I’ve now been seeing my therapist for a few weeks. I value the sessions enormously, and I feel that, in a short time, I have connected to some parts of me that have been ‘hidden’.
One of those things is the huge burden of repressed anger I have been carrying around for most, if not all of my adult life. Much of that anger comes from the way my father behaved to me, and the rest of the family.
My father was born in Australia in 1912. He was a musical ‘prodigy’ – piano, and at 18 years old won a scholarship to the Royal College of music on London. He left Australia in 1930 and never saw his parents again.
My mother was his third wife. When I was born she was 26, and he was 52. As a small child I think he loved me – he had previously had three sons with wife#1 who had returned to Australia after WW2. As I grew up my memory is of a critical, grumpy man who had no interest in me really. He did very little round the house, well nothing really, even after he retired, so mu mother worked, looked after her children, managed the house, shopped cooked cleaned and did EVERYTHING, while he watched the TV and critisised his children.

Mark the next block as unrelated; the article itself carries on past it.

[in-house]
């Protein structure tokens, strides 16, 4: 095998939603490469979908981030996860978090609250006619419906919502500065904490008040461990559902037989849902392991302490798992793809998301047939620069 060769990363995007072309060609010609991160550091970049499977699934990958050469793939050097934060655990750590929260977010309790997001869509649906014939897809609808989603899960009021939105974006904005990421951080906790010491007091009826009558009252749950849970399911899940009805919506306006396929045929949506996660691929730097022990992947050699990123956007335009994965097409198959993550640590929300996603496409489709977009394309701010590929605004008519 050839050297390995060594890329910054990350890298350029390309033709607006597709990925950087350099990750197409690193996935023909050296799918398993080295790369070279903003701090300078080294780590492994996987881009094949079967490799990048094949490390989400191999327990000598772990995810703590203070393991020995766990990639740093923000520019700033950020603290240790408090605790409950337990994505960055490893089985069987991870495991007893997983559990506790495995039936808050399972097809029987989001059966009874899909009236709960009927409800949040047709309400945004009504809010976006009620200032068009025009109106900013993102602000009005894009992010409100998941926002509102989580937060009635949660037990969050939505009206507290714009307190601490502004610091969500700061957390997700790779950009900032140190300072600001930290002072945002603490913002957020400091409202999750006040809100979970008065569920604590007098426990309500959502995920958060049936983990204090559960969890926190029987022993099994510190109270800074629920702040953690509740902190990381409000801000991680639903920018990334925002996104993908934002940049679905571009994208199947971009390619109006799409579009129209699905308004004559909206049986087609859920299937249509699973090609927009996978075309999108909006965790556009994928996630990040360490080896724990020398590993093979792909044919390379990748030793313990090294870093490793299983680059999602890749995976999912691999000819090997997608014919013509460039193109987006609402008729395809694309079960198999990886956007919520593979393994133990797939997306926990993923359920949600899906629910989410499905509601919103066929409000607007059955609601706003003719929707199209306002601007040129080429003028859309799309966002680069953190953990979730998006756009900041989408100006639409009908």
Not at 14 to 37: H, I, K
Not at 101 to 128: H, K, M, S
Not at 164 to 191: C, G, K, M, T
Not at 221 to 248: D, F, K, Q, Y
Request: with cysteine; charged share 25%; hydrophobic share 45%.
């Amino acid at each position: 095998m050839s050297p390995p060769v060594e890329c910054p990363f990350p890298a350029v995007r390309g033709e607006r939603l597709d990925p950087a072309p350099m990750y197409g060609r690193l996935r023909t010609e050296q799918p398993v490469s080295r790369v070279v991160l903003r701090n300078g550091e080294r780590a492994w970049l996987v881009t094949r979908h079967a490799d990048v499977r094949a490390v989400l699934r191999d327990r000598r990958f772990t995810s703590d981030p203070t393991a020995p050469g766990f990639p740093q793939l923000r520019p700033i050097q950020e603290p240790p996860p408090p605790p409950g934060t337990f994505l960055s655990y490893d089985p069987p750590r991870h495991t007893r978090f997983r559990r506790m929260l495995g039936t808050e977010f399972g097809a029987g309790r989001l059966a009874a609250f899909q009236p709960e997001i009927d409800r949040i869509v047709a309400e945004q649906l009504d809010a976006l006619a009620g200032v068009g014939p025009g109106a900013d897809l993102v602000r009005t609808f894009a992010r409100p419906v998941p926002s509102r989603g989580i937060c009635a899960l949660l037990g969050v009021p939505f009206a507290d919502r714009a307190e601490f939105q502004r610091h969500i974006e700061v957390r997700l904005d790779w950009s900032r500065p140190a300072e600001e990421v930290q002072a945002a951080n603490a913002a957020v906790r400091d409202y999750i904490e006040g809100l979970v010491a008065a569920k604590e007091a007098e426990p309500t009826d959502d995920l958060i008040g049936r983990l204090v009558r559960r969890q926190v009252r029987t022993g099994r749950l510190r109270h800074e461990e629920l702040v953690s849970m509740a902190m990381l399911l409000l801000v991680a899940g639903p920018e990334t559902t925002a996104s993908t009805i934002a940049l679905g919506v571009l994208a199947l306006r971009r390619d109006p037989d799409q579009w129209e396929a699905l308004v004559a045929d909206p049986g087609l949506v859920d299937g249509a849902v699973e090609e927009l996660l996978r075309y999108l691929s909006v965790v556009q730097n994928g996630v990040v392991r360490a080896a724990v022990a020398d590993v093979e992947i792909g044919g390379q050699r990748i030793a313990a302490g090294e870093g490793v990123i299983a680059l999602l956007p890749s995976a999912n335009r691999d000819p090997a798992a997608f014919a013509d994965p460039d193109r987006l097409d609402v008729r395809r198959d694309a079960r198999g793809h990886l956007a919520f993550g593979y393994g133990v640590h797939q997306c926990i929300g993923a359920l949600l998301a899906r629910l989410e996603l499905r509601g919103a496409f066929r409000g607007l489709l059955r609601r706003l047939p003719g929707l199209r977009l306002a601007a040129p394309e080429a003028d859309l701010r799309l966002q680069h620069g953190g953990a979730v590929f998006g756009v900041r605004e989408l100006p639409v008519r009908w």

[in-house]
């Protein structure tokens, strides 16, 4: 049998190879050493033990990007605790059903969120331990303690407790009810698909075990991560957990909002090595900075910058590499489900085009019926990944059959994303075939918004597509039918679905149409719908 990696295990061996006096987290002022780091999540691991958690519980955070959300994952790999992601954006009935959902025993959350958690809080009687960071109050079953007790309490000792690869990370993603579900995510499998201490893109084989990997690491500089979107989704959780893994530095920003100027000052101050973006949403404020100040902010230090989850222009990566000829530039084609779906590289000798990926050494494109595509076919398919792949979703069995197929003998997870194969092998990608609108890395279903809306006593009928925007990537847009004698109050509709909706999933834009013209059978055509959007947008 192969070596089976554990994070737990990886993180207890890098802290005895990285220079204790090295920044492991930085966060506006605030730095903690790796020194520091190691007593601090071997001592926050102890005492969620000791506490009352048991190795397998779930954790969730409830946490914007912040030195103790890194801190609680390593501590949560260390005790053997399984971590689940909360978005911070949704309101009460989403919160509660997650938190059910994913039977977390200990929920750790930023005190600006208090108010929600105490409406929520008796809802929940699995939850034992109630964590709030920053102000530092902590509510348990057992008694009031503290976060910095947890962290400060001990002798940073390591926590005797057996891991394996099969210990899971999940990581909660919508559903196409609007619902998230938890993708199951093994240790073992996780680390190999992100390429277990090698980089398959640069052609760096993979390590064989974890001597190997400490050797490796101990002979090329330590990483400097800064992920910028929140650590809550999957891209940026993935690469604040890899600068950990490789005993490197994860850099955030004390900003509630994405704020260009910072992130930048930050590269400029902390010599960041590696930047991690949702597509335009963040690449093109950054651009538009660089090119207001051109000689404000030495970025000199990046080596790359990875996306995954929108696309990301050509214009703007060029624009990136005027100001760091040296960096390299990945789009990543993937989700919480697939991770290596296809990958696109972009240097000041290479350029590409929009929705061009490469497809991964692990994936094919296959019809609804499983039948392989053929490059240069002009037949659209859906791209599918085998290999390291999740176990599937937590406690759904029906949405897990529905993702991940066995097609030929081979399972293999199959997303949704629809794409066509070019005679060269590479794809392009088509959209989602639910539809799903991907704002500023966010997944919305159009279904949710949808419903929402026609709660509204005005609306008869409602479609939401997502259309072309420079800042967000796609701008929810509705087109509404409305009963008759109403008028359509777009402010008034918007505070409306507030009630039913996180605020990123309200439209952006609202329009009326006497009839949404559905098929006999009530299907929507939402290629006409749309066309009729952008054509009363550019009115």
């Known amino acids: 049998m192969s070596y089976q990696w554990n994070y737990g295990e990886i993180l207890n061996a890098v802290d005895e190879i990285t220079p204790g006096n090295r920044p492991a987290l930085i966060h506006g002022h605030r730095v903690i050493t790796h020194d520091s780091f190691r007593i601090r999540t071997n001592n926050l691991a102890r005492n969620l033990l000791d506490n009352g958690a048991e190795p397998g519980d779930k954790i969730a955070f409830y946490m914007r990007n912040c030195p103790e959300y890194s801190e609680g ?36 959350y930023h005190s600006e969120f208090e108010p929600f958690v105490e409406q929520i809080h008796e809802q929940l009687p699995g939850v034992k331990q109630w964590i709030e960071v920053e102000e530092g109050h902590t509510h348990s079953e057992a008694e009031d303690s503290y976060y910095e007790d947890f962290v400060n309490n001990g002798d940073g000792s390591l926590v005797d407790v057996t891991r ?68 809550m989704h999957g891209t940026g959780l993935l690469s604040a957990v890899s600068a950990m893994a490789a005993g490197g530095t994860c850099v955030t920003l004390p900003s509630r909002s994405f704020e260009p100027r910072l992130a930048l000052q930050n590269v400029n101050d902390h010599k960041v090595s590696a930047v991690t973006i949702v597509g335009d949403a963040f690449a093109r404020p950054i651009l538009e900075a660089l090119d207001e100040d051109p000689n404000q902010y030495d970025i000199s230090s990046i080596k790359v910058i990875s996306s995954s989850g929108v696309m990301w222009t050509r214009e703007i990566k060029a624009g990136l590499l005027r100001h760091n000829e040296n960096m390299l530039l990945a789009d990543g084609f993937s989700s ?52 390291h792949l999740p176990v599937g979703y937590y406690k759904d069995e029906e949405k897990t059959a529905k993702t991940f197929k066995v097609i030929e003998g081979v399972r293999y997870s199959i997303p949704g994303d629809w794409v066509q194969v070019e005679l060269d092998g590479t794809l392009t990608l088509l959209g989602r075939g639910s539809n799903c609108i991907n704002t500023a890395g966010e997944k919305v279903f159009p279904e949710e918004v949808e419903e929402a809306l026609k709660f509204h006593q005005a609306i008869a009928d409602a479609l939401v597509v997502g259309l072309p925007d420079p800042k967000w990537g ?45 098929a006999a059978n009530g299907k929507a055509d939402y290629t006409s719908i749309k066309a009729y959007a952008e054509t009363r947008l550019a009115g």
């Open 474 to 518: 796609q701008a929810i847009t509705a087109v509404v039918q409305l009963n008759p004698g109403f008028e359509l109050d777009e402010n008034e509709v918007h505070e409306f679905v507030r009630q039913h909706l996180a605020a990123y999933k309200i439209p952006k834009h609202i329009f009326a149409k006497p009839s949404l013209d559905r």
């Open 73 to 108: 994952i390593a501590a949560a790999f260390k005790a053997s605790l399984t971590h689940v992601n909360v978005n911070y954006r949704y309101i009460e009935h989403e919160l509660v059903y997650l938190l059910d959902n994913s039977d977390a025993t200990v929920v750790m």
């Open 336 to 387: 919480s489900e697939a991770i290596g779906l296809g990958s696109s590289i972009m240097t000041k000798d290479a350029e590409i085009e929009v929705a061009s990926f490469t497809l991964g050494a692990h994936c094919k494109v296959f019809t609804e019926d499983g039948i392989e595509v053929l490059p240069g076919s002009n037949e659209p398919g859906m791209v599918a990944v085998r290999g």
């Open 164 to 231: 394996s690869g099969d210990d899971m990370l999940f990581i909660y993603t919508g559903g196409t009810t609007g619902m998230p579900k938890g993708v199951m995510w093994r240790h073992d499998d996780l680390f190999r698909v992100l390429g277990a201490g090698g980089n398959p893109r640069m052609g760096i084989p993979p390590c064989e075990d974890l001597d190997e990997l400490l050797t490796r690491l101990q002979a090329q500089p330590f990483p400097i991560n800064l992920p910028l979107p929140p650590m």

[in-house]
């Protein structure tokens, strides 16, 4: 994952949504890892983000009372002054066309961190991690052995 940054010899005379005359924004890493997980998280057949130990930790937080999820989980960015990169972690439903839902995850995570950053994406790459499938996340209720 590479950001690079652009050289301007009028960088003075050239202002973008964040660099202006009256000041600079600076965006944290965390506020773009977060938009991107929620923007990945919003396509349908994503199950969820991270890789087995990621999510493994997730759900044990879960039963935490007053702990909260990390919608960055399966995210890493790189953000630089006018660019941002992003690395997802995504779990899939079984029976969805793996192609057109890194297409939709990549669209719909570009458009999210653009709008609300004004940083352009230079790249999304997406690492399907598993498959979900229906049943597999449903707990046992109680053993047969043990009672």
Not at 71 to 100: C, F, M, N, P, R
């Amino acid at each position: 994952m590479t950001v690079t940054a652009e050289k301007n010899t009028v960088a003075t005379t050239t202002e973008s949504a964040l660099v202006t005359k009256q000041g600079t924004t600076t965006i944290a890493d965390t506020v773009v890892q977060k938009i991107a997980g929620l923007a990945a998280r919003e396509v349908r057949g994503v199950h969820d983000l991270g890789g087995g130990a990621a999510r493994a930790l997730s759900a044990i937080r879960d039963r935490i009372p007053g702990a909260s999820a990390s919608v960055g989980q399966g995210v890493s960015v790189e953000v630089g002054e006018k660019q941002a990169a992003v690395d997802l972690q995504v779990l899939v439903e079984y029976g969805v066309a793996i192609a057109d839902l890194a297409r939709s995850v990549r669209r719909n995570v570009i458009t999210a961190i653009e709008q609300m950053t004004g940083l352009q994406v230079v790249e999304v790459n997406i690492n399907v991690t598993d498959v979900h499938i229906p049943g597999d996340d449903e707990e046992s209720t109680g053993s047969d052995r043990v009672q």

The realisation that I have unconsciously picked men with whom I have re-enacted this scenario is stark, and painful. It seems the lessons of childhood; that women do everything and men ignore their needs and behave totally selfishly – have been deeply ingrained.
I also, at almost 52 myself, think how astonishingly selfish he must have been to embark on fatherhood again at that age. I adore my kids, but the thought of starting again, with a baby ? no way, I simply could not provide the necessary parental support as I get older. And neither could he / did he. I’m sure there are some men who can / could – but he was a selfish man who was not prepared to put himself out for anyone…
I think the birth of my anger comes from here.
But ‘nice’ people don’t get angry in out culture. Especially in the UK. ‘Nice people’ (women especially) do not express their needs. Nice people Bottle up their anger and resentment and drink to keep it suppressed. Except that they drink more and more to suppress the rage and frustration and hurt, and still it wont go away.
To be clear, I dot blame my alcohol issues on my parents. But The anger and hurt I felt at my fathers abdication of his responsibilities to me, his daughter, are a very real and potent source of distress. And this distress probably contributed to my excessive drinkoing